Amino Acids

, Volume 42, Issue 2, pp 1007–1024

Simulated environmental criticalities affect transglutaminase of Malus and Corylus pollens having different allergenic potential

Authors

  • Rosa Anna Iorio
    • Department of Biology E.S.University of Bologna
  • Alessia Di Sandro
    • Department of Biology E.S.University of Bologna
  • Roberta Paris
    • Department of Fruit Tree and Woody Plant SciencesUniversity of Bologna
  • Giulia Pagliarani
    • Department of Fruit Tree and Woody Plant SciencesUniversity of Bologna
  • Stefano Tartarini
    • Department of Fruit Tree and Woody Plant SciencesUniversity of Bologna
  • Giampaolo Ricci
    • Department of PediatricsUniversity of Bologna
  • Donatella Serafini-Fracassini
    • Department of Biology E.S.University of Bologna
  • Elisabetta Verderio
    • School of Science and TechnologyNottingham Trent University
    • Department of Biology E.S.University of Bologna
Original Article

DOI: 10.1007/s00726-011-1043-7

Cite this article as:
Iorio, R.A., Di Sandro, A., Paris, R. et al. Amino Acids (2012) 42: 1007. doi:10.1007/s00726-011-1043-7

Abstract

Increases in temperature and air pollution influence pollen allergenicity, which is responsible for the dramatic raise in respiratory allergies. To clarify possible underlying mechanisms, an anemophilous pollen (hazel, Corylus avellana), known to be allergenic, and an entomophilous one (apple, Malus domestica), the allergenicity of which was not known, were analysed. The presence also in apple pollen of known fruit allergens and their immunorecognition by serum of an allergic patient were preliminary ascertained, resulting also apple pollen potentially allergenic. Pollens were subjected to simulated stressful conditions, provided by changes in temperature, humidity, and copper and acid rain pollution. In the two pollens exposed to environmental criticalities, viability and germination were negatively affected and different transglutaminase (TGase) gel bands were differently immunodetected with the polyclonal antibody AtPng1p. The enzyme activity increased under stressful treatments and, along with its products, was found to be released outside the pollen with externalisation of TGase being predominant in C. avellana, whose grain presents a different cell wall composition with respect to that of M. domestica. A recombinant plant TGase (AtPng1p) stimulated the secreted phospholipase A2 (sPLA2) activity, that in vivo is present in human mucosa and is involved in inflammation. Similarly, stressed pollen, hazel pollen being the most efficient, stimulated to very different extent sPLA2 activity and putrescine conjugation to sPLA2. We propose that externalised pollen TGase could be one of the mediators of pollen allergenicity, especially under environmental stress induced by climate changes.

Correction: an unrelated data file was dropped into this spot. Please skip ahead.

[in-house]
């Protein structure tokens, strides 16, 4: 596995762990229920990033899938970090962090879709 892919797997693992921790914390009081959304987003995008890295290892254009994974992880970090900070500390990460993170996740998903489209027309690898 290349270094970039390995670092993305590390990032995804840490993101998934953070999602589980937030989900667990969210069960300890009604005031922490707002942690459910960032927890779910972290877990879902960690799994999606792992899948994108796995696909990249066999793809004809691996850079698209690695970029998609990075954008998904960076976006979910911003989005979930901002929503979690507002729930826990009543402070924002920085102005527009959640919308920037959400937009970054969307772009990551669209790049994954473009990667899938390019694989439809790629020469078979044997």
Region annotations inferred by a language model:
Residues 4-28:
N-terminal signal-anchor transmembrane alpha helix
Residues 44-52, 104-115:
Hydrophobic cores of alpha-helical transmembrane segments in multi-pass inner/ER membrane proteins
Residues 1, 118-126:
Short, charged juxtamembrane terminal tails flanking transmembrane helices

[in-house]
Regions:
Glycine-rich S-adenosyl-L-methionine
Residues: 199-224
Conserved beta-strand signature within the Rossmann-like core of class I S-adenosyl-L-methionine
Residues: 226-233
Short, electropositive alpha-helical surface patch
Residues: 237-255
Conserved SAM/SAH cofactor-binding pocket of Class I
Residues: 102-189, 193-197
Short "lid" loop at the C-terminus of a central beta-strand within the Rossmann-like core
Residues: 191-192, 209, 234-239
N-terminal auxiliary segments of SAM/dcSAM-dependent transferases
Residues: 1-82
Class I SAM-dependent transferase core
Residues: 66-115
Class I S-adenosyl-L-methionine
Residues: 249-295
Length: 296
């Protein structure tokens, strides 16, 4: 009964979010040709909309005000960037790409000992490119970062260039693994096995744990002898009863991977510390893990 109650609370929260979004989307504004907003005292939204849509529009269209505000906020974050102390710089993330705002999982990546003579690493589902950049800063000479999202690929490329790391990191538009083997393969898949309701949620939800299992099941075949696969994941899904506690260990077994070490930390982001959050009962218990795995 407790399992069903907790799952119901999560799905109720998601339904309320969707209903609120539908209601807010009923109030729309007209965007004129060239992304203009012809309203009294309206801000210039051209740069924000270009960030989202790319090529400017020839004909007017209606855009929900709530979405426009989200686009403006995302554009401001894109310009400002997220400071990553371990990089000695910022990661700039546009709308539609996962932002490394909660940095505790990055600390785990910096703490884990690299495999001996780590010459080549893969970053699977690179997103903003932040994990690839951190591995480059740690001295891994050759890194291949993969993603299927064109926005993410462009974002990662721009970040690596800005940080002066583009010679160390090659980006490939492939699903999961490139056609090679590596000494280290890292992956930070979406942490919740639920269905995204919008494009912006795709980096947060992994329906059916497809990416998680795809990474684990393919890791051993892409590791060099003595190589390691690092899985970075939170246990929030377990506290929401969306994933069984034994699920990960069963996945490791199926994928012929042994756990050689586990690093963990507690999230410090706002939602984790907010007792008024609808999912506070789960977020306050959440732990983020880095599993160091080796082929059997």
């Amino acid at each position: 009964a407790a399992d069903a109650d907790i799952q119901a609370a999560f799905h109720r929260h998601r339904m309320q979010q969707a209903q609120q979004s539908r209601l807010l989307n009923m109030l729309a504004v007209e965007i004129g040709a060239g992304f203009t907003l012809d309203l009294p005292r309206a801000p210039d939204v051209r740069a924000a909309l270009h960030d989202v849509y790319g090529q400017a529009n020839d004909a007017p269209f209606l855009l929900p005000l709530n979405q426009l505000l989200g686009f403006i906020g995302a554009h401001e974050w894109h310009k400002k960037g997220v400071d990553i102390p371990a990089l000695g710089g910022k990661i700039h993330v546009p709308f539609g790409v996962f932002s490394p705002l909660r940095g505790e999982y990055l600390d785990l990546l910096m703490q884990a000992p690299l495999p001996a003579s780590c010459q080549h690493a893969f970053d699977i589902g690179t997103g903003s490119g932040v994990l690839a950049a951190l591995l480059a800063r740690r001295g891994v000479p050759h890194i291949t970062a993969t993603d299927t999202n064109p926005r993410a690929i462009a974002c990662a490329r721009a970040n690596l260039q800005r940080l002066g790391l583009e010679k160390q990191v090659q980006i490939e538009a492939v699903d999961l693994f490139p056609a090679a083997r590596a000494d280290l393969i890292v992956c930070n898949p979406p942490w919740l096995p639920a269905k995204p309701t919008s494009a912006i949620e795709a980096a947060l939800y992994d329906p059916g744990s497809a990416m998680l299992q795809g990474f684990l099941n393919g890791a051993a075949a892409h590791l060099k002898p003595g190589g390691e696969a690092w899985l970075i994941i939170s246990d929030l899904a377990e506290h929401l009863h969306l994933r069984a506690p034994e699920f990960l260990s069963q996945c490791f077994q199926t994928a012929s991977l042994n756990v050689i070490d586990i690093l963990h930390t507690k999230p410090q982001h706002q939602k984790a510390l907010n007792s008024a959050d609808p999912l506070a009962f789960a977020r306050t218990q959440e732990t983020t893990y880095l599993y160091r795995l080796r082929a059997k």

Keywords

Climate changesEnvironmental pollutionPhospholipase A2Pollen allergenicityRespiratory allergiesTransglutaminase

Abbreviations

AtPng1p

Arabidopsis thaliana peptide N-glycanase

BSA

Bovine serum albumin

DMC

N′,N′-dimethyl casein

DTT

Dithiothreitol

EDTA

Ethylene diamine tetraacetic acid

EGTA

Ethylene glycol tetraacetic acid

FDA

Fluorescein diacetate

FITC

Fluorescein isothiocyanate

GP

Germinated pollen

HEPES

N-(2-hydroxyethyl)piperazine-N′-(2-ethanesulfonic acid)

HRP

Horseradish peroxidase

IgE

Immunoglobulin E

MTT

1-(4,5-Dimethylthiazol-2-yl)-3,5-diphenylformazan

nsLTP

Nonspecific lipid transfer protein

o/n

Overnight

PAs

polyamines

PBS

Phosphate-buffered saline

PMSF

Phenyl methyl sulfonyl fluoride

PR

Pathogen related

PU

Putrescine

sPLA2

Secreted phospholipase A2

rHu

Relative humidity

T

Temperature

TGase

Transglutaminase

tTGase

Tissue transglutaminase

UGP

Ungerminated pollen

Copyright information

© Springer-Verlag 2011